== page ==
You really kind of have to understand the realities of what research in schools can do and what you can actually do with numbers and just understanding vulnerable populations, understanding, what you can, and can’t do. What we have found is that IDEA – the Individuals Disabilities Education Act – was the perfect bridge between HIPAA and FERPA because both groups, both policies really, mirror each other in a lot of ways. This is the group of kids that really allowed us to make that jump.

We have created a variable called the Academic Cliff, and what the Academic Cliff is, is the number of visits to a school nurse – for anything or nothing – where you start seeing a statistical significant difference in academic achievement scores in English and math.

I would say the first few years we were chasing a number. Like we really thought there’s a number of visits that shows us. And at that point, once you know that number, then you can start intervening as a school earlier.  The other approach that we’ve taken, which I think is different than most folks, is that we don’t assume that we can control anything outside of the school day. We decided the only thing we can control is school time and the daytime that they have with us.

How as the COVID-19 pandemic influenced your work?

We have a couple of schools who have found that out during COVID that they are responsible for this data, this is your data. It was collected by either your employee or your contracted vendor, and it’s about your students. It’s 100% under your control and part of what you need to be thinking about.

I also think one of the things that we have learned during COVID is it’s also important from an HR perspective, especially if you’re an elementary school. We were systemically collecting data across almost a million kids in Indiana when COVID was going on. We started seeing crazy things, and I had one school leader that was like, “I don’t know what’s going on, but I’m going to have to turn a classroom into an infirmary.” And by February he closed three classrooms because they had so many kids coming down with what we now know where the pediatric signs of COVID.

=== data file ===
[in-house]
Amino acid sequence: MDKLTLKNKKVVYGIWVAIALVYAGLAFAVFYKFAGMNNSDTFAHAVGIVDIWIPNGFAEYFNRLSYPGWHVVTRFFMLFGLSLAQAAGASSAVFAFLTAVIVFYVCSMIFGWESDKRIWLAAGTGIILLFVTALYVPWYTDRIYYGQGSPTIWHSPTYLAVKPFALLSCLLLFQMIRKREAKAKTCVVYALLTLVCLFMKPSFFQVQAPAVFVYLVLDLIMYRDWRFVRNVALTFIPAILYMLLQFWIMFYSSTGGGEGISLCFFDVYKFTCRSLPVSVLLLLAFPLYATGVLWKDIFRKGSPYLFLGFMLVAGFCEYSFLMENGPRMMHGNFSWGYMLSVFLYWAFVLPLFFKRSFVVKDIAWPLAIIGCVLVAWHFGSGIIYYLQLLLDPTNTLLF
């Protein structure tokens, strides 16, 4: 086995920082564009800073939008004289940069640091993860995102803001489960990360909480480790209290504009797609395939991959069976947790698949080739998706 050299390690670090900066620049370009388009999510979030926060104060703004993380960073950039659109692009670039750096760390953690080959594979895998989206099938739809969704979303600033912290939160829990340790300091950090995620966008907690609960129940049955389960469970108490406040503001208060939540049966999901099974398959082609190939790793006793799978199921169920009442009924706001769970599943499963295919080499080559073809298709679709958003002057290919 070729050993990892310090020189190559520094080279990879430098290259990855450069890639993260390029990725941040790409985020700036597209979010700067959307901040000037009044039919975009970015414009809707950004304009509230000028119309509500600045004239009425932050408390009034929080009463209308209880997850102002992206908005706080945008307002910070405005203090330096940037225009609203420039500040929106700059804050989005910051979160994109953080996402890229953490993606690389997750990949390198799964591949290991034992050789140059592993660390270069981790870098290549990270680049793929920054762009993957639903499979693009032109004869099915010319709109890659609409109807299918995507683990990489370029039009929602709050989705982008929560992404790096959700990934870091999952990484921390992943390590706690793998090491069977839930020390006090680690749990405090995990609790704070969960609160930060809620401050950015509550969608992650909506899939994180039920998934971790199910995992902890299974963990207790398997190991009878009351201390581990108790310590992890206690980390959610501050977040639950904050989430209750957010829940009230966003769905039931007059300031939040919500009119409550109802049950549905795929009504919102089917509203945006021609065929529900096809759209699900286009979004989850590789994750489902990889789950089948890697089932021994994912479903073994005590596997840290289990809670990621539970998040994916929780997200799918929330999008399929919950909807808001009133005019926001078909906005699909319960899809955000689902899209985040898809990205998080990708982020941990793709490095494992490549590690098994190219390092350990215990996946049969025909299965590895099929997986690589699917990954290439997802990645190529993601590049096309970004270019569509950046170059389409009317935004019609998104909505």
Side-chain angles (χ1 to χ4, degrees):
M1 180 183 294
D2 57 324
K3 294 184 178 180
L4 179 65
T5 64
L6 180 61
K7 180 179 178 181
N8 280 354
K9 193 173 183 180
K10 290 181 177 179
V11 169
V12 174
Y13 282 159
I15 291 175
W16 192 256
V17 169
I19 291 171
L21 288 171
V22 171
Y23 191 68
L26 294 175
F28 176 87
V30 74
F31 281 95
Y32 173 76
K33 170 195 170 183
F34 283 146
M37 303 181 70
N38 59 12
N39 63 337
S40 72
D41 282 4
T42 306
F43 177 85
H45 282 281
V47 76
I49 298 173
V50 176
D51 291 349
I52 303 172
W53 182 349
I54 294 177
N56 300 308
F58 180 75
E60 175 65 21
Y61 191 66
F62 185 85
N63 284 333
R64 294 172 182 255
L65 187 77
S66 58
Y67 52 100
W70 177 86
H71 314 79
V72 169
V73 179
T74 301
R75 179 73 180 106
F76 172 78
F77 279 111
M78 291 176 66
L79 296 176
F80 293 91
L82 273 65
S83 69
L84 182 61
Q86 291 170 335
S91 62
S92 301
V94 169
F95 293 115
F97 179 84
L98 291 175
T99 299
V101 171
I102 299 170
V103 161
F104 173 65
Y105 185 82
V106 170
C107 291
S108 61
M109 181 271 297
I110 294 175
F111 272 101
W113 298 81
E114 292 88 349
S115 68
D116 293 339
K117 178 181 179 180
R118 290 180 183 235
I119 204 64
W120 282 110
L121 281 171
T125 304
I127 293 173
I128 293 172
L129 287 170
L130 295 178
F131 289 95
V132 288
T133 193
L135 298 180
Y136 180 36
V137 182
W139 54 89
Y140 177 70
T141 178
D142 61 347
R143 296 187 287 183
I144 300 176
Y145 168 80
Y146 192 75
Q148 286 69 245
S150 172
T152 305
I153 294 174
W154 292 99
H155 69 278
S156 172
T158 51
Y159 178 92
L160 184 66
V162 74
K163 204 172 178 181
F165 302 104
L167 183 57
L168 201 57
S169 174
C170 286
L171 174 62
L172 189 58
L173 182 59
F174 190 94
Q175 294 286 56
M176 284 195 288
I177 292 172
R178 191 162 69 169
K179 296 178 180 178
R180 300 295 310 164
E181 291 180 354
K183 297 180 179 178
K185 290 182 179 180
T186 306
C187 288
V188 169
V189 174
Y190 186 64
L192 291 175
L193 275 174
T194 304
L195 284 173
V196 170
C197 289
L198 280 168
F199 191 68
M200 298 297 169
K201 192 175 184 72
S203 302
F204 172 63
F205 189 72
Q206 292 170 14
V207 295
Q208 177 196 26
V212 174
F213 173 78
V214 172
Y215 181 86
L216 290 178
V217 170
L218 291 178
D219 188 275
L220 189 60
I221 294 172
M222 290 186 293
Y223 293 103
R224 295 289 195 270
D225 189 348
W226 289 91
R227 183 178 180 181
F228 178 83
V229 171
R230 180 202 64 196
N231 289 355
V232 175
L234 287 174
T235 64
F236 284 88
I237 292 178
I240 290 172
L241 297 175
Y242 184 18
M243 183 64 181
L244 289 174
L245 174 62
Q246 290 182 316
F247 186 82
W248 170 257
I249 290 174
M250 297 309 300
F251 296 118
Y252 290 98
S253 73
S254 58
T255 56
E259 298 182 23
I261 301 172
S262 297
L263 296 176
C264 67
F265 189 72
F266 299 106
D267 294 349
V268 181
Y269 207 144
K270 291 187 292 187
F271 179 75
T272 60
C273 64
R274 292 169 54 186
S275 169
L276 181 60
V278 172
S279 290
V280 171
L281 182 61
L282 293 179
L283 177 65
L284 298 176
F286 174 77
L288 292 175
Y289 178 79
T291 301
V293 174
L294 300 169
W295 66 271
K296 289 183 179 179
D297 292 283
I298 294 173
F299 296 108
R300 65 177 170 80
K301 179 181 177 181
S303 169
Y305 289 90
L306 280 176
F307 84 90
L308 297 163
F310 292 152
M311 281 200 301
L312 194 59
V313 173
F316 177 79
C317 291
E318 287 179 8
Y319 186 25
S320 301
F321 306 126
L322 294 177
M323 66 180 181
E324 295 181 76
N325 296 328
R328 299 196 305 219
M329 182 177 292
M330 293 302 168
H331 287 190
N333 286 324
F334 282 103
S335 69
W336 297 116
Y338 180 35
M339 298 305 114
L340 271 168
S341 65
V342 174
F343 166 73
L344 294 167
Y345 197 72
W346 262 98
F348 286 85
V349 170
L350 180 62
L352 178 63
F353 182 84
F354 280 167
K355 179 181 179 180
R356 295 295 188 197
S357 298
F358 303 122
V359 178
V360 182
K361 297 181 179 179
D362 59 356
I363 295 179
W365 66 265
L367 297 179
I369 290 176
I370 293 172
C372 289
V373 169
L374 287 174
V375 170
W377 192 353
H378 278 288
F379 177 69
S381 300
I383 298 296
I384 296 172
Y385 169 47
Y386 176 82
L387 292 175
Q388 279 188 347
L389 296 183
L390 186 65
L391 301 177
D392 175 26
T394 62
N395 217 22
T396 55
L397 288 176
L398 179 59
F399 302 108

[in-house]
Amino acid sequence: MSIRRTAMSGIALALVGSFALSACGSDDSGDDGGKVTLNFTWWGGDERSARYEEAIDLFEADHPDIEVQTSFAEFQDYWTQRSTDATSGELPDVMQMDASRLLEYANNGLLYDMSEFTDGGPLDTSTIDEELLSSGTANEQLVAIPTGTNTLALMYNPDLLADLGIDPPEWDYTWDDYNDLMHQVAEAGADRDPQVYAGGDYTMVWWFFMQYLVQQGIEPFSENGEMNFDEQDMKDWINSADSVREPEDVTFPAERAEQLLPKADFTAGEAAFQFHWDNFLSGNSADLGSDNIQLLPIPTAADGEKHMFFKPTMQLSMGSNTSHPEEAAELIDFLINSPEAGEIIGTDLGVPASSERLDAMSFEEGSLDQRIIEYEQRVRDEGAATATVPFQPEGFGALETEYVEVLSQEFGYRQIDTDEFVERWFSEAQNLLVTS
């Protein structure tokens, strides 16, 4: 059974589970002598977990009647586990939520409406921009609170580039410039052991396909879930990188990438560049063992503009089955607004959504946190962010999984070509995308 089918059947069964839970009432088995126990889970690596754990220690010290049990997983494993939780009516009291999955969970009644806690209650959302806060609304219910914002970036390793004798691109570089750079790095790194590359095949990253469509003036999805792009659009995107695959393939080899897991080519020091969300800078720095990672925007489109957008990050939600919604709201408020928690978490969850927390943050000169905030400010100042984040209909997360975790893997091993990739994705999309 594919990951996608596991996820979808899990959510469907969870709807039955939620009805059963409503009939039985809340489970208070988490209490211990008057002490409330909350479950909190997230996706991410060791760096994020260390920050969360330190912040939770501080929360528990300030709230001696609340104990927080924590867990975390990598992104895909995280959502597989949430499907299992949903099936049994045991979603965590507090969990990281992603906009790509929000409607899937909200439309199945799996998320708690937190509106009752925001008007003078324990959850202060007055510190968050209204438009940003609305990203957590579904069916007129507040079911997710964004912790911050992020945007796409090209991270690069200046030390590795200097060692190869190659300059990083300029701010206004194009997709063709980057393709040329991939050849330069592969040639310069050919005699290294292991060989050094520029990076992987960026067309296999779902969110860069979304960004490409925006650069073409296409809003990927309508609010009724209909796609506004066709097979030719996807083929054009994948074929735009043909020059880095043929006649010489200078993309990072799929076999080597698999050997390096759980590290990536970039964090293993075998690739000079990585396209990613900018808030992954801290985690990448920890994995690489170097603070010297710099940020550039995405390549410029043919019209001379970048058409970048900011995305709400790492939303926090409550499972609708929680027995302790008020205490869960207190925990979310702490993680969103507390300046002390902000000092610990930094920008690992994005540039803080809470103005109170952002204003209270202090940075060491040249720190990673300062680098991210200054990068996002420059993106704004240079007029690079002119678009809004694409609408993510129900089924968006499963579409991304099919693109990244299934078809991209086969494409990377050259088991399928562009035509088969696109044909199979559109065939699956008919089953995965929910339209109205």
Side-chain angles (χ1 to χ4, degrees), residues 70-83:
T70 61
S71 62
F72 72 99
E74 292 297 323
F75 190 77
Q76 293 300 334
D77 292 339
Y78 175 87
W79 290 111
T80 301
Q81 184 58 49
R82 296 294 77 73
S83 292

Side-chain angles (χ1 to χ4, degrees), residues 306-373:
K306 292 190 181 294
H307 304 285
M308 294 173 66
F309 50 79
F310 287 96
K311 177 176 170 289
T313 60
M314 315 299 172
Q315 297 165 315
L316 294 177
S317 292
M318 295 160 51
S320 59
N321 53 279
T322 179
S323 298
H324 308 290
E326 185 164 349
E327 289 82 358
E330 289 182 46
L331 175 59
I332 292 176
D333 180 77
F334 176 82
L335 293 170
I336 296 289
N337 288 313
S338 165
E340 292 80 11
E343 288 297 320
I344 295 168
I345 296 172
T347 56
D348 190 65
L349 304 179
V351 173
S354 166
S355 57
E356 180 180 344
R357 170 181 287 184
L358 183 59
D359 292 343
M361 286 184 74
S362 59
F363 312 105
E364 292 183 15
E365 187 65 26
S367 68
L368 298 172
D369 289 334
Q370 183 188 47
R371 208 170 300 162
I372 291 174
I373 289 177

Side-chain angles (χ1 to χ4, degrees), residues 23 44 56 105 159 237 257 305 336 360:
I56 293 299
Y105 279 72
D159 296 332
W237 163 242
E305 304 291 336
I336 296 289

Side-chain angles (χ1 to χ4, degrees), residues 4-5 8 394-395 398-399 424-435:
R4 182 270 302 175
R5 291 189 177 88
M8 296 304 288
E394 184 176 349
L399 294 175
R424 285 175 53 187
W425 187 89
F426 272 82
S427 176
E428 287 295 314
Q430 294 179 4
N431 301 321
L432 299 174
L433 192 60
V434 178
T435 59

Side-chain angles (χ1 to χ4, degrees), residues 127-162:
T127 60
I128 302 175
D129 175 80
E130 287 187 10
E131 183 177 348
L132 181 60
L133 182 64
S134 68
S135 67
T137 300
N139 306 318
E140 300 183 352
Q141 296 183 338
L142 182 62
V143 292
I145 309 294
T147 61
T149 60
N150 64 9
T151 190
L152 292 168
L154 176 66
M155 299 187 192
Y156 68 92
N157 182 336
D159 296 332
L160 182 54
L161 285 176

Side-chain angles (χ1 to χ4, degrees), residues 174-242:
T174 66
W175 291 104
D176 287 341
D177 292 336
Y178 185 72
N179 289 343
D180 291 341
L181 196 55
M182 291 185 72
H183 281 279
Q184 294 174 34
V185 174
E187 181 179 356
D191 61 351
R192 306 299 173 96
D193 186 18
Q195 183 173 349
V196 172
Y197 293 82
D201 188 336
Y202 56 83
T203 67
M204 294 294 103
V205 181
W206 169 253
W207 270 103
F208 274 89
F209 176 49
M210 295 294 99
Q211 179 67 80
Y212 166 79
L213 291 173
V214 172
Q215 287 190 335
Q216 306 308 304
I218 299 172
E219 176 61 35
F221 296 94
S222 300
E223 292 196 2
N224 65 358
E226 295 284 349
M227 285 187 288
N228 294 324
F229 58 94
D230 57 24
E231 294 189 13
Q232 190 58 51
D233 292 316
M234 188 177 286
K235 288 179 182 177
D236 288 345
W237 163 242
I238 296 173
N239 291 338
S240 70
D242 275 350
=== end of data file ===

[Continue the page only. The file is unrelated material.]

We didn’t know really what it was. We’re now able to go back and look at that data to give schools really great insights. But if you’re in an elementary school right now, when will we see a pediatric version of the COVID vaccine? The reality is elementary teachers, elementary principals, elementary staff are literally walking into a situation where 90% of the humans they interact with aren’t even eligible to be vaccinated yet.

What does PHDP do for schools?

We work with your IT department to do a data draw from your database. We give you your health data back in a way that makes sense for your teachers and to include your nurses as an academic partner for all kids, not just students with IEPs.

We analyze your data and give it back to schools as a report card that translates their data into something that MTSS teams or intervention teams can use to be more proactive in providing academic support. As an example, say you have kids that come down to the nurse more than two times for ear, nose and throat, here’s what they’re predicted on math and ELA. Then your team can take that information and decide, based on a piece of valid and reliable data when they should start giving more support.